Student protests remain calm, focused on budget cuts
A noontime rally at Cal State Long Beach drew several hundred students who protested that the quality of their education is declining even as tuition spirals higher.
Students gathered on a campus common, many sitting on the grass in bright sunshine, while a student band played spirited tunes and speakers urged states leaders to invest more in education.
Pathways along the quad were ringed with large signs, one of which read "Democratize the Board of Trustees."
Students said those who govern the system and approve tuition increases are out of touch with the challenges they face.
Luis Arroyo, a professor of Chicano and Latino studies, told students that he hears of more and more of them who are unable to graduate because budget cuts have reduced class offerings.
On the Long Beach campus, 717 sections -- 7% -- were cut from 2008 to the 2010 academic year, Arroyo said. That also has meant a loss of instructors.
"We are reaching the point where the quality of education is in danger," said Arroyo, who sported a red T-shirt that read "Take Class Action." "We keep cutting and adding students to classes and we're reaching the point of diminishing returns."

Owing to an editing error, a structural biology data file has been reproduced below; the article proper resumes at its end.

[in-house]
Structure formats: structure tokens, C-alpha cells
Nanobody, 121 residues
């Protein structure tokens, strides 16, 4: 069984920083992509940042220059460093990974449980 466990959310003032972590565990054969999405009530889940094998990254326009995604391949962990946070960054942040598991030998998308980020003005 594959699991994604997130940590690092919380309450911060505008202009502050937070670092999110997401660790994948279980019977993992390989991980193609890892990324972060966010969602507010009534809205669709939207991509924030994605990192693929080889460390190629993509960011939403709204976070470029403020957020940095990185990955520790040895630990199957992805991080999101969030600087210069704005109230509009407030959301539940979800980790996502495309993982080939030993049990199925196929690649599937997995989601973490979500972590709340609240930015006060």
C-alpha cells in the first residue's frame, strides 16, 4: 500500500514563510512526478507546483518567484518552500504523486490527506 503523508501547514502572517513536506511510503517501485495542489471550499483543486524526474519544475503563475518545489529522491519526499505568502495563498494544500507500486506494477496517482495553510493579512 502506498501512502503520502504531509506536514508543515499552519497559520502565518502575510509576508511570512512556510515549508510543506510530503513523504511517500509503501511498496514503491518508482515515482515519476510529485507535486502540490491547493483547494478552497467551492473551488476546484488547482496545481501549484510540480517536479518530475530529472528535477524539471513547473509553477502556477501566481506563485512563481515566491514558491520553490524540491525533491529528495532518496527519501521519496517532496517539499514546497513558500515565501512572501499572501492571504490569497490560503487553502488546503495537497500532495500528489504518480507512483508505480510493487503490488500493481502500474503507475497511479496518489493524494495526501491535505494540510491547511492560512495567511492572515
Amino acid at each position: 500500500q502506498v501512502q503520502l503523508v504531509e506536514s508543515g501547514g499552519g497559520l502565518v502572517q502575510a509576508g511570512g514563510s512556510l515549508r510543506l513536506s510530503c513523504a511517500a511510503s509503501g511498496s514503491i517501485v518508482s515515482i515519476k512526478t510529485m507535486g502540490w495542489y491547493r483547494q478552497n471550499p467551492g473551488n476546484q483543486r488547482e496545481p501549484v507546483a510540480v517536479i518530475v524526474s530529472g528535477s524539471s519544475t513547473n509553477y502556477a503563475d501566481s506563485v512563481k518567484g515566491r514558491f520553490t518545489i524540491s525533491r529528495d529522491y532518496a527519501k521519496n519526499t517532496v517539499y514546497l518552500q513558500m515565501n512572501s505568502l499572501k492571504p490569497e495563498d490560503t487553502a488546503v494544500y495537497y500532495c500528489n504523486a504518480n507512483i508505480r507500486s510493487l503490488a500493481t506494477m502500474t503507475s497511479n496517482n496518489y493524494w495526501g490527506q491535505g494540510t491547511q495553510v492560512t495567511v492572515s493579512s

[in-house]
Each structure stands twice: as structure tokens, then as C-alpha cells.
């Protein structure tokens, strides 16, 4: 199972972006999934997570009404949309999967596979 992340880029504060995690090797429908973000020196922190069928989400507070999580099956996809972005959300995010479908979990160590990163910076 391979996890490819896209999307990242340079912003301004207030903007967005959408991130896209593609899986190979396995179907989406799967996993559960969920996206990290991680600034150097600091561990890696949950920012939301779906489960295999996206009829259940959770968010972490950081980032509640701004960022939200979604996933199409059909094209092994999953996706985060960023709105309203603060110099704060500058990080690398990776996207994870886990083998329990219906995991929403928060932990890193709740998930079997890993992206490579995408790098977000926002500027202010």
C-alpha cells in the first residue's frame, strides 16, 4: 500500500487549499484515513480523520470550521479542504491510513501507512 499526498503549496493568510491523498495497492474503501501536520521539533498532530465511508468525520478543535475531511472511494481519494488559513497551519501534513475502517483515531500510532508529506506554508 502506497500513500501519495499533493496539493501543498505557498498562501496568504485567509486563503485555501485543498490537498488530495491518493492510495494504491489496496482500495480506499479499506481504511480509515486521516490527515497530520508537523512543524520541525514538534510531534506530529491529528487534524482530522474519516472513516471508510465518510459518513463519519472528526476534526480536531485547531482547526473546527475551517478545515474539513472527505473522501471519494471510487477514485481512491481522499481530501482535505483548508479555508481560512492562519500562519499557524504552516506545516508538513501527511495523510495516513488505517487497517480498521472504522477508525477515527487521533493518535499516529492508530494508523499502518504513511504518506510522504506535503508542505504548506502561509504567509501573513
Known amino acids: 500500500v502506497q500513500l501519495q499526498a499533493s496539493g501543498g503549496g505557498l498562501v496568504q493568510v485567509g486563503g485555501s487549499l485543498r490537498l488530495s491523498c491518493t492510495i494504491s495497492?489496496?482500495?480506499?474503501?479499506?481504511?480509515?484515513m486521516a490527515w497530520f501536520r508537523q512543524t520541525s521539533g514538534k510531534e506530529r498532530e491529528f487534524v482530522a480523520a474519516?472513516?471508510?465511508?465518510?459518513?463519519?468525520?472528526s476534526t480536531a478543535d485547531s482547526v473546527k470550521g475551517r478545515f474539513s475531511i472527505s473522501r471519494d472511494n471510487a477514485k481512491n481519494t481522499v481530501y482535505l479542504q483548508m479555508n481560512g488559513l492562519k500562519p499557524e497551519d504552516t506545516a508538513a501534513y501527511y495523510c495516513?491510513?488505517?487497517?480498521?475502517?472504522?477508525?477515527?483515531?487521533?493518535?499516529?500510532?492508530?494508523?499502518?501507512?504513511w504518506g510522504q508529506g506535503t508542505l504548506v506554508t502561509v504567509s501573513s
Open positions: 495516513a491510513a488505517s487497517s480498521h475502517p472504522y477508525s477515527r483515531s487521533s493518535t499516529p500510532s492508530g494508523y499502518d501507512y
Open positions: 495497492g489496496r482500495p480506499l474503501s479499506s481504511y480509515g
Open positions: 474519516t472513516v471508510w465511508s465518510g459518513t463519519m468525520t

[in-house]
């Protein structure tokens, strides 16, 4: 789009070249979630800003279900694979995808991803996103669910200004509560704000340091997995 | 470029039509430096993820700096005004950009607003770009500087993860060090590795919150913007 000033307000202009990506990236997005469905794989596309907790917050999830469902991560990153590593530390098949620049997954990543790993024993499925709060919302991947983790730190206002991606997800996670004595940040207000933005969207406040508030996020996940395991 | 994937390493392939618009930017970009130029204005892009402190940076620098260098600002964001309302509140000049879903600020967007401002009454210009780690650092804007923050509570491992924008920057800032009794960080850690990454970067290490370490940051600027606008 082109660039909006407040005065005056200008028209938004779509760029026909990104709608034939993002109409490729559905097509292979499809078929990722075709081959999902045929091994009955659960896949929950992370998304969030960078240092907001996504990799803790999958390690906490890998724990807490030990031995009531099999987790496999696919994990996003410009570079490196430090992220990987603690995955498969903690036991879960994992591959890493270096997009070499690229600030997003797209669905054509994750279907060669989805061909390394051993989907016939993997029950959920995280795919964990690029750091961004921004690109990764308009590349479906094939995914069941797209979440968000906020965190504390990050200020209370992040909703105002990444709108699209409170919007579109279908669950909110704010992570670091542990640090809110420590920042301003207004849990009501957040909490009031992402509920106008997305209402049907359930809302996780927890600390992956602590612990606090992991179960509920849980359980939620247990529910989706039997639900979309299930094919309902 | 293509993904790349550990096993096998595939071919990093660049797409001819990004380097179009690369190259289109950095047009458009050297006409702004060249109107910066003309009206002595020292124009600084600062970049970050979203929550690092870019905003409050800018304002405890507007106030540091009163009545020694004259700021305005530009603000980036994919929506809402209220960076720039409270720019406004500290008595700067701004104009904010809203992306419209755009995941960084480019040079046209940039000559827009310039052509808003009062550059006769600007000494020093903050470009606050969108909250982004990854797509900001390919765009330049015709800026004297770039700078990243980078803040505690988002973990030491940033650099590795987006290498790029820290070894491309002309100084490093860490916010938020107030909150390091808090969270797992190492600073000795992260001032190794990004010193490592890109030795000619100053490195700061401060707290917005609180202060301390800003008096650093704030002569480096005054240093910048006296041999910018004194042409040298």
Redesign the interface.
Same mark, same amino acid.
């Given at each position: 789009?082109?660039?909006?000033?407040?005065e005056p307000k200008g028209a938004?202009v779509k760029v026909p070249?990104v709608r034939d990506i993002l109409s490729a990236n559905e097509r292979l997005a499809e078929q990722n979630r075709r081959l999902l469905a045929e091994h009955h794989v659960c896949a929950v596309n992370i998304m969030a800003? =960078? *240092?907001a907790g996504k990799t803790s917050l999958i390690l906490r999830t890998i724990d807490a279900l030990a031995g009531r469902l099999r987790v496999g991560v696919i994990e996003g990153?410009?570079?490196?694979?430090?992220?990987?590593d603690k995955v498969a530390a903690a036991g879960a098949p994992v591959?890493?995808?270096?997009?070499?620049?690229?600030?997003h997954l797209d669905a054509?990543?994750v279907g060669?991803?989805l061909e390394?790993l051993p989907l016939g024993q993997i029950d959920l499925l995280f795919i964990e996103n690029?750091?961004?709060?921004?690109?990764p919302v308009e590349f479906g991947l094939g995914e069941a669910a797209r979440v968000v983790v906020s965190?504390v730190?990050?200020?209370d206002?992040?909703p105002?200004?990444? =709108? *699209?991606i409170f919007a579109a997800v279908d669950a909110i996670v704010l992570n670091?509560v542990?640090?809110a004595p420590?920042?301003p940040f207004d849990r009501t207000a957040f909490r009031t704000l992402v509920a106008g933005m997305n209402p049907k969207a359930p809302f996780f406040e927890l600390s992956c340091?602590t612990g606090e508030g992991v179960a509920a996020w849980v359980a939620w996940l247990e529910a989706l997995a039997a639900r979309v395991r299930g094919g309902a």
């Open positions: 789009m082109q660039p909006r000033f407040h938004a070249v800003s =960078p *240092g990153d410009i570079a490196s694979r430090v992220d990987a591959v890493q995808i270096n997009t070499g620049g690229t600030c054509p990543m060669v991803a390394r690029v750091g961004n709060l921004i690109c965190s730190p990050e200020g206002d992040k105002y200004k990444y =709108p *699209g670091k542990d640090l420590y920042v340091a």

Nearby, Daniel Orozco manned a table with sign-up sheets for a spot on a bus that will carry students to a statewide rally to protest education cuts scheduled Monday in Sacramento. About 20 had so far confirmed, he said.
Orozco, 23, an undocumented student born in Mexico, doesn't qualify for financial aid and said every increase in tuition is painful. The senior psychology major said class cuts have delayed his graduation by a year and a half. "Everybody is feeling it," Orozco said.
Meanwhile, at UCLA, Occupy protesters set up eight or so tents on Wilson Plaza, which the demonstrators said they renamed after Angela Davis, the politically radical professor who taught at the university.
The small group said they intended to keep the tents up through the night. Among the 20 or so participants was Sergio Sorza, 20, a political science major who said he was upset about higher tuition, larger class sizes and fewer courses available to undergraduates.
“We are not getting the same quality of education that UCLA promised us,” said Sorza, a junior from Orange.
The turnout did not surprise other students who did not participate and said they didn’t like the Occupy tactics of trying to camp on campus.
“It’s not their message but the way they go about it,” said Mark Rudnik, 21, an economics major from San Francisco.
Thursday marked a day of protest at colleges and universities around the state.
-- Carla Rivera and Angel Jennings